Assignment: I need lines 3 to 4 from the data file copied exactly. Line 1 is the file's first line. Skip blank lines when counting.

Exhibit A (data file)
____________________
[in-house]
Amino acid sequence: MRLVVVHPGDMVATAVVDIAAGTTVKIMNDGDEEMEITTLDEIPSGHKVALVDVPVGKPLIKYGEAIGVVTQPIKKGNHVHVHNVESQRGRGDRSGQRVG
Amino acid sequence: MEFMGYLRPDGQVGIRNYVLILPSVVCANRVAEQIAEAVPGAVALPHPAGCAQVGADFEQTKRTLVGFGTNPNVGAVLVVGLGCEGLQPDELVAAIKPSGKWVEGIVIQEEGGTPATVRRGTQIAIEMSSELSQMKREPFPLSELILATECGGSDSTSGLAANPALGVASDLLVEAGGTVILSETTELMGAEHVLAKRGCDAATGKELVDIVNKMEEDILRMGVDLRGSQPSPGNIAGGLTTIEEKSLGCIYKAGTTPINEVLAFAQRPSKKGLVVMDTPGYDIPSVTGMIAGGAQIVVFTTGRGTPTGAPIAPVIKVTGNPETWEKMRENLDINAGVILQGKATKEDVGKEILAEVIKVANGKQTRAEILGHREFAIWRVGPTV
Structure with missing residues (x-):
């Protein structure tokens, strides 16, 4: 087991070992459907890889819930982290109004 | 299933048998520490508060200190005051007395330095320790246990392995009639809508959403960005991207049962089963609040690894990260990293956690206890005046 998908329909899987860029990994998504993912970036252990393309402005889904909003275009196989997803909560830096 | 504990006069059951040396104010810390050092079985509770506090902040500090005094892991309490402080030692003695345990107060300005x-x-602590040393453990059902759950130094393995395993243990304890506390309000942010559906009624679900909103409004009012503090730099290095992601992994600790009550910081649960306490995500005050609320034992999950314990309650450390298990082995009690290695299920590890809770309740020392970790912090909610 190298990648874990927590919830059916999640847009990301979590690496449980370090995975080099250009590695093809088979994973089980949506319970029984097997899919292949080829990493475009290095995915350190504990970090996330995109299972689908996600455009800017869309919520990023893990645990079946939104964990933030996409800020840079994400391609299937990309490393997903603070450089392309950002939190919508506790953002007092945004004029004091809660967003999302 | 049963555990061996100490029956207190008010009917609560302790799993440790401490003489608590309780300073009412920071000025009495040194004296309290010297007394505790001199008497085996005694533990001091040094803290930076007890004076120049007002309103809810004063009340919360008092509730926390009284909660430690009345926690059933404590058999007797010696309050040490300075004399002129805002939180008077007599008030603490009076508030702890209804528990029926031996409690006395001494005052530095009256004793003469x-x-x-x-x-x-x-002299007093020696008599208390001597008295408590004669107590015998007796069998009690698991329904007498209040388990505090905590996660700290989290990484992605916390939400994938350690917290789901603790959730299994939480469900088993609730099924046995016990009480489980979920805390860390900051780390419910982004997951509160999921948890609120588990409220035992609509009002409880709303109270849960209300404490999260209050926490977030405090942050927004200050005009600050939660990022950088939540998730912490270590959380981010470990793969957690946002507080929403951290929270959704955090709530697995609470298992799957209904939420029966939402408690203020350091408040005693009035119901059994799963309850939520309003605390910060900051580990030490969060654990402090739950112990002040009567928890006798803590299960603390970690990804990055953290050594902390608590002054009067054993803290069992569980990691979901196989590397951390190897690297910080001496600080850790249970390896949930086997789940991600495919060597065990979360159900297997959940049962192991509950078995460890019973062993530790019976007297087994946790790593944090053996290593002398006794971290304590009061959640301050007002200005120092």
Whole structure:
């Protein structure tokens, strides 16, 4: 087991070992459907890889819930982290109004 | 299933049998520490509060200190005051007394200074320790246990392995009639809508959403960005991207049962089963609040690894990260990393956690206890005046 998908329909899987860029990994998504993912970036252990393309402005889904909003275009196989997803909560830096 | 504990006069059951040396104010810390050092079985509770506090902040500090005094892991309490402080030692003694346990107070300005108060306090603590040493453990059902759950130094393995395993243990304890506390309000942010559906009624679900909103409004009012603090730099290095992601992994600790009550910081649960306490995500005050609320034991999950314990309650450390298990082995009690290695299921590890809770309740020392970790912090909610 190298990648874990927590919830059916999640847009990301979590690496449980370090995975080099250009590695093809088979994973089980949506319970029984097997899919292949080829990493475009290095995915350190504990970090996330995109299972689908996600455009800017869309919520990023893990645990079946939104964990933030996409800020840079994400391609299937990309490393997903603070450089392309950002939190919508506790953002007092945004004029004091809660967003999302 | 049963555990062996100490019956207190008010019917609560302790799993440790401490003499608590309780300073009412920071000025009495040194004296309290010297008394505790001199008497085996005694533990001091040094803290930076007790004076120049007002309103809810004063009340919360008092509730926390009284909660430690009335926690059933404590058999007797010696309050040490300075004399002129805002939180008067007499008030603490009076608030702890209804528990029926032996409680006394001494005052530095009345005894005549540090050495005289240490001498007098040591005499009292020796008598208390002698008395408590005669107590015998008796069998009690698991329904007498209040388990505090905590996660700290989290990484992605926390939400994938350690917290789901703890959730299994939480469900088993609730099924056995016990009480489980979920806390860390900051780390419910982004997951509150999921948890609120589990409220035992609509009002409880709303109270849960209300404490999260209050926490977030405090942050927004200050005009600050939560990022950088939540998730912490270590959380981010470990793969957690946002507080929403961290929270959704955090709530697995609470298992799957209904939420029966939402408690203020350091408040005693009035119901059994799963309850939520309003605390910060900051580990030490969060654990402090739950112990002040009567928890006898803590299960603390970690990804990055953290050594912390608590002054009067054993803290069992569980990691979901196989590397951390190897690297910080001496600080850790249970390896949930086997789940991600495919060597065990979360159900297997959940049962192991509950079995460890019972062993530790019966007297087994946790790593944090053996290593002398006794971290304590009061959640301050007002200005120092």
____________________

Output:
Amino acid sequence: MEFMGYLRPDGQVGIRNYVLILPSVVCANRVAEQIAEAVPGAVALPHPAGCAQVGADFEQTKRTLVGFGTNPNVGAVLVVGLGCEGLQPDELVAAIKPSGKWVEGIVIQEEGGTPATVRRGTQIAIEMSSELSQMKREPFPLSELILATECGGSDSTSGLAANPALGVASDLLVEAGGTVILSETTELMGAEHVLAKRGCDAATGKELVDIVNKMEEDILRMGVDLRGSQPSPGNIAGGLTTIEEKSLGCIYKAGTTPINEVLAFAQRPSKKGLVVMDTPGYDIPSVTGMIAGGAQIVVFTTGRGTPTGAPIAPVIKVTGNPETWEKMRENLDINAGVILQGKATKEDVGKEILAEVIKVANGKQTRAEILGHREFAIWRVGPTV
Structure with missing residues (x-):